U.K. Prime Minister Sunak signed off on pay rises for public sector workers in a bid to halt ongoing strikes. Police pay will see a 7% increase, teachers will see a 6.5% increase, and doctors will see a 6% increase. These numbers are in line with recommendations from the official public pay review bodies, according to Treasury Minister John Glen. The government also announced pay awards for the armed forces and prison officers, and said there would be no new borrowing or spending to fund the extra pay. Sunak promised that services would not be cut whilst noting that “We only have a fixed pot of money to spend from. That means government departments have had to find savings and efficiencies elsewhere in order to prioritize paying public sector workers more.” The government estimates the pay raises will cost about GBP2 bln, which seems too low as it is a mere fraction of the overall public sector pay bill of GBP233 bln in FY2021-22. Sunak said some of that would be recouped by lifting the costs of U.K. visas and the costs for migrants to use the NHS. Sunak also said “There will be no more talks on pay. We will not negotiate again on this year’s settlements, and no amount of strikes will change our decision.” The heads of the teaching unions have said they would recommend members to accept the pay settlement and end strike action but the other unions may prove tougher to persuade. Stay tuned.
BOE tightening expectations have fallen. WIRP suggests another 50 bp hike is largely priced August 3, followed by 25 bp hikes September 21 and November 2. After that, the odds of a last 25 bp top out near 75% in Q1, which would see the bank rate peak near 6.25% vs. 6.5% at the start of this week. This would still represent the most aggressive tightening cycle in the majors so far in terms of absolute magnitude and so a deep recession is now back on the table after some earlier optimism that one might be avoided. Updated macro forecasts will come at the August meeting and will have to acknowledge the worsening backdrop.
Sweden reported June CPI. Headline came in at 9.3% y/y vs. 9.0% expected and 9.7% in May, CPIF came in at 6.4% y/y vs. 6.0% expected and 6.7% in May, and CPIF ex-energy came in at 8.1% y/y vs. 7.9% expected and 8.2% in May. If so, CPIF would be the lowest since April 2022 but still well above the 2% target. At the last meeting June 28, the Riksbank hiked rates 25 bp to 3.75% and said rates would be hiked at least one more time this year, noting that the weak krona is contributing to high inflation. It also announced that it would accelerate QT to SEK5 bln per month vs. SEK3.5 bln previously and noted “This may contribute to a stronger krona and improve the Riksbank’s capacity to reduce inflation. It is still uncertain how much monetary policy tightening will be required for inflation to fall back and stabilize close to the target of 2%. But the Riksbank will do what is needed.” The swaps market sees around 65% odds of a 25 bp hike at the next meeting September 21 but fully priced in for November 23. Looking ahead, the market sees around 50% odds of another 25 bp hike in H1 2024 and we expect those odds to rise if inflation remains stubbornly high.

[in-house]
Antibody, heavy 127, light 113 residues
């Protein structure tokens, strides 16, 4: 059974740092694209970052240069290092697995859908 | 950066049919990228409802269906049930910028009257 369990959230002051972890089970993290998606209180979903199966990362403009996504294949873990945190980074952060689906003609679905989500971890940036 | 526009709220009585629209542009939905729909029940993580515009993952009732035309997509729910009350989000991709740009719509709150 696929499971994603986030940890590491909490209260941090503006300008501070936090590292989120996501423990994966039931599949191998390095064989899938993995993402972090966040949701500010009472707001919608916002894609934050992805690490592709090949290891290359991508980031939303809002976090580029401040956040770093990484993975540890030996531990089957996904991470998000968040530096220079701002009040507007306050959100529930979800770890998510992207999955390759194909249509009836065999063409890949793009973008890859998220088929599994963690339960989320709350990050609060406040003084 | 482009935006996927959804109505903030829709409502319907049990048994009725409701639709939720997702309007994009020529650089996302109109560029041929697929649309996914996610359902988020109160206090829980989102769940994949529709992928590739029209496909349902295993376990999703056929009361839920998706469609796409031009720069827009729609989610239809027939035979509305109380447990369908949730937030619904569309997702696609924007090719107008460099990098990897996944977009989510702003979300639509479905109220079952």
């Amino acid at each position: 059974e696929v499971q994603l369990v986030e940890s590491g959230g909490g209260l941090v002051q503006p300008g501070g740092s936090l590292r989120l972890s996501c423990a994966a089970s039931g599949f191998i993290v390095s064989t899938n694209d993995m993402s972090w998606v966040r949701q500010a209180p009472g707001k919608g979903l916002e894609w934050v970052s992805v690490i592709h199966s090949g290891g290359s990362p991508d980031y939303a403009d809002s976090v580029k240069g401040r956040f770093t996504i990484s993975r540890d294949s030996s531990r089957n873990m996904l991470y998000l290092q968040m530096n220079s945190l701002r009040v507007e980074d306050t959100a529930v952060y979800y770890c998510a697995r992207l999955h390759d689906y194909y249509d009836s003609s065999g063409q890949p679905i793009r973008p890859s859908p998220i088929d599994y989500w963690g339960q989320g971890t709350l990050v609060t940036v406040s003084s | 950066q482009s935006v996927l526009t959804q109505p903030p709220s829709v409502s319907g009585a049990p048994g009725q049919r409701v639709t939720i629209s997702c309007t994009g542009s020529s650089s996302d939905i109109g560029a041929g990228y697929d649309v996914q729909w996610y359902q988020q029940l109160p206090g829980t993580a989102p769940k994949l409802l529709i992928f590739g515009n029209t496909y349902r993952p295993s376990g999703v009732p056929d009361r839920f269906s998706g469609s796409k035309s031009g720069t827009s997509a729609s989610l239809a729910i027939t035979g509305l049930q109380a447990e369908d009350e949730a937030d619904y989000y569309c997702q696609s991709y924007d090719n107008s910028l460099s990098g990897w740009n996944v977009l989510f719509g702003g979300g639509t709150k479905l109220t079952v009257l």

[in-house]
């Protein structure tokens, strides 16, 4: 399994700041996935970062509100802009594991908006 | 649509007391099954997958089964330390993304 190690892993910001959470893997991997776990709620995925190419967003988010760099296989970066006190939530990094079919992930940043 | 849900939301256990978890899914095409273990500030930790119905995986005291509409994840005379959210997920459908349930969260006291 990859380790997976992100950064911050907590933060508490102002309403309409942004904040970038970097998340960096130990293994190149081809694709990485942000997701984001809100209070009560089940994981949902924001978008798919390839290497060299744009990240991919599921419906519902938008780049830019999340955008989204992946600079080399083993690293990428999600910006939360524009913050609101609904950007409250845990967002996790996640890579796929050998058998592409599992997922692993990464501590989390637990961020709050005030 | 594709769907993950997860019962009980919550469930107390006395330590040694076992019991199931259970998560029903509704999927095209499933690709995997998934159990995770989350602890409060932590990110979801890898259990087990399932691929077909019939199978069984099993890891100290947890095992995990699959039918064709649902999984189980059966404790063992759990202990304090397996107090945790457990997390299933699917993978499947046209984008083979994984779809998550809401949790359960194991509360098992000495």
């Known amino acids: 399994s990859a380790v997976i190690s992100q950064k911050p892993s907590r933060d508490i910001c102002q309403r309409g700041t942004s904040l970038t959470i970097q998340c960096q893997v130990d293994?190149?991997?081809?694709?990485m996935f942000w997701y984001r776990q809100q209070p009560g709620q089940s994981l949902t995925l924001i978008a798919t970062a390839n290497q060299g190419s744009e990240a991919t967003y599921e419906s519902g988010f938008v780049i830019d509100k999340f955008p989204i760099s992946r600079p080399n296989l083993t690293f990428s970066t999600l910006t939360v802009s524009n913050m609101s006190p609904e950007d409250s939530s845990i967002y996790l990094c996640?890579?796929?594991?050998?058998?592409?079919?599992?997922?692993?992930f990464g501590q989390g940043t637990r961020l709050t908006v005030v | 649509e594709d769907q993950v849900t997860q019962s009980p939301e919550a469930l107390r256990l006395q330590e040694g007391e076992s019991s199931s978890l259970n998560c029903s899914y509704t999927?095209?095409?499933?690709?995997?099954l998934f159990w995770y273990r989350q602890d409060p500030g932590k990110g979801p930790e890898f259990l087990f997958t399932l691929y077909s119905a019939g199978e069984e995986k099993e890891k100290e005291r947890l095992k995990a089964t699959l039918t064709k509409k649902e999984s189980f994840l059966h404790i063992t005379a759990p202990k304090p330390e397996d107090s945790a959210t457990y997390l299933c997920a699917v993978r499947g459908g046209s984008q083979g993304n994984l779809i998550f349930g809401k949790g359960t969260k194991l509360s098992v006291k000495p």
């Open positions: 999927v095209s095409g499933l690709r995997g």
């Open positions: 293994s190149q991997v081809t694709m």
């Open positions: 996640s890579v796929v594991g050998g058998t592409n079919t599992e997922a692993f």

Israel reports June CPI. Headline is expected to fall two ticks to 4.4% y/y. If so, it would continue the deceleration from the 5.4% peak in January to the lowest since June 2022. Bank of Israel kept rates steady at 4.75% this Monday but warned of further hikes. Governor Yaron said “We are in an environment of great uncertainty, and there are several upside risks to inflation pressures. It is certainly possible that we will need to increase the interest rate going forward, if we see evidence that the inflation environment is not moderating at a suitable pace.” Of note, Yaron is coming under intense criticism from members of the ruling coalition, setting up the possibility that central bank independence will be the next to come under fire after the judiciary. If so, shekel weakness would undoubtedly intensify.
Chatter is picking up of a potential tweak to Yield Curve Control this month. The Bank of Japan meets July 27-28 and former bank official Hideo Hayakawa said it will probably adjust YCC given that inflation is higher than expected. He said “I expect they will make some kind of adjustment to YCC this month. If they don’t, it doesn’t make sense.” He added that the central bank is likely to end yield control and hike rates early next year, adding that “There is a good chance that the BOJ will attain its price target.” That said, he worked at the BOJ from 1977-2013 and so his insights are no better or no worse than any other analyst. The last tweak was the surprising widening of the 10-year JGB yield trading band to 0% +/- 50 bp. JGB yields have crept higher in anticipation of a YCC tweak but we remain skeptical of a move at this meeting, and instead believe it is more likely to come in the autumn. Either way, expected liftoff has been pushed into 2024 and we concur.
Other reports suggest only modest changes will be made to the inflation forecasts. The latest suggests the BOJ will likely raise its FY23 inflation forecast above 2.0% vs. 1.8% currently whilst keeping it largely unchanged for FY24 or perhaps even nudging it lower from 2.0% currently. Bank officials will reportedly finalize the new inflation forecasts after assessing economic data and financial market conditions right up to the last minute, when the BOJ release its quarterly outlook report on July 28 at the end of its policy meeting.
Australia Treasurer Chalmers picked RBA Deputy Governor Michele Bullock to be the next Governor. She will be the first female Governor of the RBA and Chalmers said “Bullock is the right person to lead the RBA into the future and ensure we have the world’s best and most effective central bank.” Her seven-year term will begin on September 18. Bullock became Deputy Governor in April 2022 but has worked at the RBA since 1985, when she joined as an intern. She has a master’s degree from the London School of Economics. We do not expect any significant shift in policy under Bullock. WIRP suggests only 30% odds of a 25 bp hike at the next meeting August 1, with the odds rising steadily to being fully priced in for November 7.